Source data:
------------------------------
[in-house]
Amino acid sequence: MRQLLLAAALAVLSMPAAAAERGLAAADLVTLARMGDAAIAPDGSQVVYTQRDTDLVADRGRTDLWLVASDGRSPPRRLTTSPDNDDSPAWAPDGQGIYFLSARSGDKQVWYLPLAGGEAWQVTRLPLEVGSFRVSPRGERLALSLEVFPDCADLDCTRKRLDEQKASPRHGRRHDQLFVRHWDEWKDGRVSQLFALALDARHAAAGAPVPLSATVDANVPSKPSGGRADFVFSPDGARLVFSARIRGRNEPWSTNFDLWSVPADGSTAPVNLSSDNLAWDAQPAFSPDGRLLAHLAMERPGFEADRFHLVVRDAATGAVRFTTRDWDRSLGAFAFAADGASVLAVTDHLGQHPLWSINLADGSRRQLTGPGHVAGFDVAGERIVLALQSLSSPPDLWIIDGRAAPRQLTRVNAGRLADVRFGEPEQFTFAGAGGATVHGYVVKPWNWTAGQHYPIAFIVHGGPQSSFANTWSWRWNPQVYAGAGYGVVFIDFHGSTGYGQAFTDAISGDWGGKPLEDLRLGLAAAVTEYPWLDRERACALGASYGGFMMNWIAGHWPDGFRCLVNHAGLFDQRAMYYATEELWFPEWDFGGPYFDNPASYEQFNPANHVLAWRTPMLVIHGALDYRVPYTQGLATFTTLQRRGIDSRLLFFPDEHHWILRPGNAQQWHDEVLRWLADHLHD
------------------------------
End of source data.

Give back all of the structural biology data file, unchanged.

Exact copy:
[in-house]
Amino acid sequence: MRQLLLAAALAVLSMPAAAAERGLAAADLVTLARMGDAAIAPDGSQVVYTQRDTDLVADRGRTDLWLVASDGRSPPRRLTTSPDNDDSPAWAPDGQGIYFLSARSGDKQVWYLPLAGGEAWQVTRLPLEVGSFRVSPRGERLALSLEVFPDCADLDCTRKRLDEQKASPRHGRRHDQLFVRHWDEWKDGRVSQLFALALDARHAAAGAPVPLSATVDANVPSKPSGGRADFVFSPDGARLVFSARIRGRNEPWSTNFDLWSVPADGSTAPVNLSSDNLAWDAQPAFSPDGRLLAHLAMERPGFEADRFHLVVRDAATGAVRFTTRDWDRSLGAFAFAADGASVLAVTDHLGQHPLWSINLADGSRRQLTGPGHVAGFDVAGERIVLALQSLSSPPDLWIIDGRAAPRQLTRVNAGRLADVRFGEPEQFTFAGAGGATVHGYVVKPWNWTAGQHYPIAFIVHGGPQSSFANTWSWRWNPQVYAGAGYGVVFIDFHGSTGYGQAFTDAISGDWGGKPLEDLRLGLAAAVTEYPWLDRERACALGASYGGFMMNWIAGHWPDGFRCLVNHAGLFDQRAMYYATEELWFPEWDFGGPYFDNPASYEQFNPANHVLAWRTPMLVIHGALDYRVPYTQGLATFTTLQRRGIDSRLLFFPDEHHWILRPGNAQQWHDEVLRWLADHLHD